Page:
Refugees, Kurdish rebels, enter Iran

News and Press Release
Originally published
BASHMAQ, Iran (AP) -- Tens of thousands of tired, hungry Kurdish refugees have flooded into Iran on foot or crammed into cars, buses and trucks after a rival faction allied with Saddam Hussein seized control of northern Iraq.

Border guards and some refugees at this border post said today that dozens of commanders of the vanquished group, including Patriotic Union of Kurdistan leader Jalal Talabani, were among them.

Official Tehran radio said Iranian aid workers were struggling to provide food, water and medical care to the refugees who began arriving Tuesday and are being housed in temporary camps near the border. It said 30,000 were in camps in western Azerbaijan province alone.

Looking tired and disheveled, about 5,000 refugees spent a chilly night in a barren field near the border town of Bashmaq, sleeping in cars or tents. They arrived with whatever they could carry or pile into a vehicle, and they had little food or water.

Many Kurds said they would not return home because they didn't trust the Iraqi president or the Kurdistan Democratic Party, which has taken control of most of northern Iraq.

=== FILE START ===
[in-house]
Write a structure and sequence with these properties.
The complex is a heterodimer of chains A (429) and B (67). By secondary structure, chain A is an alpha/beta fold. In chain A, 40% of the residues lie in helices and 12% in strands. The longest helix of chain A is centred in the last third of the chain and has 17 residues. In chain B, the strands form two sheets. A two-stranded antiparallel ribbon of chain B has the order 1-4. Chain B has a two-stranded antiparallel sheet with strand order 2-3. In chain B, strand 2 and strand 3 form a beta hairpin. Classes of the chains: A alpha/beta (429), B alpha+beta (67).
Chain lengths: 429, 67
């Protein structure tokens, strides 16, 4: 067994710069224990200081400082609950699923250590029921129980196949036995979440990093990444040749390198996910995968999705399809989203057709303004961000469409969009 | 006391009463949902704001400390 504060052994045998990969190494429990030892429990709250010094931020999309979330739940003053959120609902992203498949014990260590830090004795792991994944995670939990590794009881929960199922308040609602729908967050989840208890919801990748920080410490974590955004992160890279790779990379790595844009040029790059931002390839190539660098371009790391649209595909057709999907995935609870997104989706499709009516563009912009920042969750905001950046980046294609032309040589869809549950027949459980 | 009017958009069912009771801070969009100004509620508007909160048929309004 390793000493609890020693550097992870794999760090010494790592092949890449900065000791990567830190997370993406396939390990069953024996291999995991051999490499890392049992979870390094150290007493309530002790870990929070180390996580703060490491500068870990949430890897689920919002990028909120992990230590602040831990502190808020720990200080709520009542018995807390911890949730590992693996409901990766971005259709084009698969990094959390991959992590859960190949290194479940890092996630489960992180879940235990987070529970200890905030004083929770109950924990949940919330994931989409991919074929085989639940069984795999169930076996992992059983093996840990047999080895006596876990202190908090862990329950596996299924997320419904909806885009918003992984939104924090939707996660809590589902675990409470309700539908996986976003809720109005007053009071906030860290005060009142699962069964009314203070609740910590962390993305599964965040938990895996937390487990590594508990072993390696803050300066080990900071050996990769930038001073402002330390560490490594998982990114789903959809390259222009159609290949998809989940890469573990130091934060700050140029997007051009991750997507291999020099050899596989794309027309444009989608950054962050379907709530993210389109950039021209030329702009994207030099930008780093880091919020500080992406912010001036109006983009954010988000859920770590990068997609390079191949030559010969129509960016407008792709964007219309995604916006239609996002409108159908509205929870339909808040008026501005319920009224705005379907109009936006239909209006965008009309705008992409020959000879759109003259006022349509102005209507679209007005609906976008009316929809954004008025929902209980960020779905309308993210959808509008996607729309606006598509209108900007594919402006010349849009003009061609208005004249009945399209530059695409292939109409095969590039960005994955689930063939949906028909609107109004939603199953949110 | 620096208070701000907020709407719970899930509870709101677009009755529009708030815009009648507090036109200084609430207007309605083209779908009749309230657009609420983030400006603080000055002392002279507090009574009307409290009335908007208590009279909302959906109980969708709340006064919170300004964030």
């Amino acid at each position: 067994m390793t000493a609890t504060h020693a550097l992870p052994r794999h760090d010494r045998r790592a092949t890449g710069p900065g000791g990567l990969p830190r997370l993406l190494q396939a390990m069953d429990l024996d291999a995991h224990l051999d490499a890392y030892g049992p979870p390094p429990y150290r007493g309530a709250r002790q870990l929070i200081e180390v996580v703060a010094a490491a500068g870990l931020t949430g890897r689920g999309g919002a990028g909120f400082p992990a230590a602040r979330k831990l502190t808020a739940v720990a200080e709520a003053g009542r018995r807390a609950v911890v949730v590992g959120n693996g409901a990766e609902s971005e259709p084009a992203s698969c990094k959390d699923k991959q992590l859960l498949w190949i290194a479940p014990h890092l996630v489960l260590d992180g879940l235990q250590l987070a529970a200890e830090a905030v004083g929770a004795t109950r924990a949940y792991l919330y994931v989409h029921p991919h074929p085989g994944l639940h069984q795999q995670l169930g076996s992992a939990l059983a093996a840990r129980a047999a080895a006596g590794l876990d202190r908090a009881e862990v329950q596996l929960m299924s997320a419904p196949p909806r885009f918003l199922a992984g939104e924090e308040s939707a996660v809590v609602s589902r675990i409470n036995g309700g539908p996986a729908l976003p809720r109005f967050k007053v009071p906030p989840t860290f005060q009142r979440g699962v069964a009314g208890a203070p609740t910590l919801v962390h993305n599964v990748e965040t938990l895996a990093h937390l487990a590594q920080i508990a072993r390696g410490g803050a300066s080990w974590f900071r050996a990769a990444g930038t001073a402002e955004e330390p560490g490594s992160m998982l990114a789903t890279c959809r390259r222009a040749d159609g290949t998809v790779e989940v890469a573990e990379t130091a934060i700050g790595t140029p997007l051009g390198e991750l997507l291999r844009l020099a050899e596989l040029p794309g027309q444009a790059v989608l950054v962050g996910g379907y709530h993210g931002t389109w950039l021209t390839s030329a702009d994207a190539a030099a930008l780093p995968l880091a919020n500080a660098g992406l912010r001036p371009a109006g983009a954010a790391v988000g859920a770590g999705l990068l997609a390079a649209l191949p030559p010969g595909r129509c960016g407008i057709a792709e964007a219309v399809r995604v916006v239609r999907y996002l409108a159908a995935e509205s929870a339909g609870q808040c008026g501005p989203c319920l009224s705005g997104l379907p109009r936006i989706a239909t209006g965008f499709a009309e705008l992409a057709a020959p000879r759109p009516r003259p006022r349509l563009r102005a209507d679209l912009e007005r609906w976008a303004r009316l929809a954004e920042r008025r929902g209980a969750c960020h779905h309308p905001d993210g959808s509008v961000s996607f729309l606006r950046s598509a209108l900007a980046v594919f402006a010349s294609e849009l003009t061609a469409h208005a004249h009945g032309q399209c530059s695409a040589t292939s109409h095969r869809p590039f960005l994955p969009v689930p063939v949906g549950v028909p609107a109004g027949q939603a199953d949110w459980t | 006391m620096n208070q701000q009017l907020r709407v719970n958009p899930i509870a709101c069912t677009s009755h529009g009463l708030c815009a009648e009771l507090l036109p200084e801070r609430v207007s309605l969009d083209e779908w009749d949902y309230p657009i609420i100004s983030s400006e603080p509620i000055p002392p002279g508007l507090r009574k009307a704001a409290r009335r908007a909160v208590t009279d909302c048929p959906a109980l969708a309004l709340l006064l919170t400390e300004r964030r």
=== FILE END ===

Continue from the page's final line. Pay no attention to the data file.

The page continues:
"I don't know where to look. I can't stay here and I won't return home because I don't trust the KDP," said a tearful Mansour Amir, 12. He had come to look for his father, a PUK commander who he believed fled to Iran.

Some of the refugees in Bashmaq said they had been chased by KDP forces up to the border. Refugees and border guards said KDP forces opened fire at refugees queued up at the border Tuesday, killing and wounding and unspecified number.

The refugees refused to give their names and their accounts could not be confirmed.

The number of Iraqi Kurds crossing the border was far fewer than feared by Iran, which said Tuesday that 200,000 refugees were massed on its northwest boundary.

Those crossing the border included Talabani, head of the PUK, and dozens of his top commanders, who entered late Tuesday, according to border guards who refused to give their names. They said Talabani was believed to be in either Marivan or Baneh, two large Iranian border towns.

There has been no fighting in northern Iraq since the Kurdistan Democratic Party took control of the region Monday. As a result, many residents who fled the northeastern city of Sulaymaniyah have turned back and headed home.

The KDP's yellow flags and streamers were visible all the way up to the Iranian border, indicating the faction's dominance in the region.

In 10 days of fighting, the KDP ousted the PUK from Iraq's northern regions, effectively erasing the Kurdish "safe haven" set up by the United States and its allies after the 1991 Persian Gulf War.

Saddam, seeking to keep the refugees at home, declared a general amnesty for all Kurds and lifted barriers between Iraq and the Kurdish area that have been in place since the safe haven was set up.

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